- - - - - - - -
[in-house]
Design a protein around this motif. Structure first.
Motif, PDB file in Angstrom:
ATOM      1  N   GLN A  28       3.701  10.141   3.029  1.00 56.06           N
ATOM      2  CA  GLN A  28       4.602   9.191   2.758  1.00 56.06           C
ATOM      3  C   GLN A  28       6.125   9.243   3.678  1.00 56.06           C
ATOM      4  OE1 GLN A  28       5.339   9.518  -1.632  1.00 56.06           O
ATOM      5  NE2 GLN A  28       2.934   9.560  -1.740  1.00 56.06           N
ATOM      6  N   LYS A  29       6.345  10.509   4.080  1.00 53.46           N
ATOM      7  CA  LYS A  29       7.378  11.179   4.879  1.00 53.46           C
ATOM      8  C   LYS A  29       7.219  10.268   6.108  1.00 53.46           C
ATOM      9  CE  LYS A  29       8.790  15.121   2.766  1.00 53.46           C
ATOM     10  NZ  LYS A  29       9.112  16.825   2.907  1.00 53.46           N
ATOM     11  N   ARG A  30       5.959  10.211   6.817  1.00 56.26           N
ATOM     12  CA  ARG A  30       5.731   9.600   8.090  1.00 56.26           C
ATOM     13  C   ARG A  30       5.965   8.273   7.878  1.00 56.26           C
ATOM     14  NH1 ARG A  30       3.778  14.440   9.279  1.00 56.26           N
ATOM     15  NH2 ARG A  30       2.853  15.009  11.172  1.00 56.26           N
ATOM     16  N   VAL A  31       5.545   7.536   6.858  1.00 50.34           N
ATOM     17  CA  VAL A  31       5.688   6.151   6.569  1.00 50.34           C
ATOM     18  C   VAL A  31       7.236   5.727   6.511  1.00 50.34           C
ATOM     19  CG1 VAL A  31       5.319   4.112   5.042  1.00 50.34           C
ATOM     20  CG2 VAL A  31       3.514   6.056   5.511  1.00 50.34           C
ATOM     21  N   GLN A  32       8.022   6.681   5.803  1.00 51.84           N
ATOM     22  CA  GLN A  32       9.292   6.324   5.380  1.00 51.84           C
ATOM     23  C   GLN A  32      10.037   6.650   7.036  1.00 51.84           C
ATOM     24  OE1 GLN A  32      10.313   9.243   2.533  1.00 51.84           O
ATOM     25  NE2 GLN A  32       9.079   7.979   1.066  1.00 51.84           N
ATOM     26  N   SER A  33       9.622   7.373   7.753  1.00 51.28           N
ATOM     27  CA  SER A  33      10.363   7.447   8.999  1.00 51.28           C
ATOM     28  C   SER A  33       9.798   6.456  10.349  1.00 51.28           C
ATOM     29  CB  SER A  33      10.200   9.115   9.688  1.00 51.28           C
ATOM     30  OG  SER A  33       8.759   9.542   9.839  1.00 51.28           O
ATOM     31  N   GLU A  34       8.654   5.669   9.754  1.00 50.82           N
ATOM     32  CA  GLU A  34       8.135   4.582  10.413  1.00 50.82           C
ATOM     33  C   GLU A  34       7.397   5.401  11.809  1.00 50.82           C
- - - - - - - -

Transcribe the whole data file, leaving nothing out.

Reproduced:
[in-house]
Design a protein around this motif. Structure first.
Motif, PDB file in Angstrom:
ATOM      1  N   GLN A  28       3.701  10.141   3.029  1.00 56.06           N
ATOM      2  CA  GLN A  28       4.602   9.191   2.758  1.00 56.06           C
ATOM      3  C   GLN A  28       6.125   9.243   3.678  1.00 56.06           C
ATOM      4  OE1 GLN A  28       5.339   9.518  -1.632  1.00 56.06           O
ATOM      5  NE2 GLN A  28       2.934   9.560  -1.740  1.00 56.06           N
ATOM      6  N   LYS A  29       6.345  10.509   4.080  1.00 53.46           N
ATOM      7  CA  LYS A  29       7.378  11.179   4.879  1.00 53.46           C
ATOM      8  C   LYS A  29       7.219  10.268   6.108  1.00 53.46           C
ATOM      9  CE  LYS A  29       8.790  15.121   2.766  1.00 53.46           C
ATOM     10  NZ  LYS A  29       9.112  16.825   2.907  1.00 53.46           N
ATOM     11  N   ARG A  30       5.959  10.211   6.817  1.00 56.26           N
ATOM     12  CA  ARG A  30       5.731   9.600   8.090  1.00 56.26           C
ATOM     13  C   ARG A  30       5.965   8.273   7.878  1.00 56.26           C
ATOM     14  NH1 ARG A  30       3.778  14.440   9.279  1.00 56.26           N
ATOM     15  NH2 ARG A  30       2.853  15.009  11.172  1.00 56.26           N
ATOM     16  N   VAL A  31       5.545   7.536   6.858  1.00 50.34           N
ATOM     17  CA  VAL A  31       5.688   6.151   6.569  1.00 50.34           C
ATOM     18  C   VAL A  31       7.236   5.727   6.511  1.00 50.34           C
ATOM     19  CG1 VAL A  31       5.319   4.112   5.042  1.00 50.34           C
ATOM     20  CG2 VAL A  31       3.514   6.056   5.511  1.00 50.34           C
ATOM     21  N   GLN A  32       8.022   6.681   5.803  1.00 51.84           N
ATOM     22  CA  GLN A  32       9.292   6.324   5.380  1.00 51.84           C
ATOM     23  C   GLN A  32      10.037   6.650   7.036  1.00 51.84           C
ATOM     24  OE1 GLN A  32      10.313   9.243   2.533  1.00 51.84           O
ATOM     25  NE2 GLN A  32       9.079   7.979   1.066  1.00 51.84           N
ATOM     26  N   SER A  33       9.622   7.373   7.753  1.00 51.28           N
ATOM     27  CA  SER A  33      10.363   7.447   8.999  1.00 51.28           C
ATOM     28  C   SER A  33       9.798   6.456  10.349  1.00 51.28           C
ATOM     29  CB  SER A  33      10.200   9.115   9.688  1.00 51.28           C
ATOM     30  OG  SER A  33       8.759   9.542   9.839  1.00 51.28           O
ATOM     31  N   GLU A  34       8.654   5.669   9.754  1.00 50.82           N
ATOM     32  CA  GLU A  34       8.135   4.582  10.413  1.00 50.82           C
ATOM     33  C   GLU A  34       7.397   5.401  11.809  1.00 50.82           C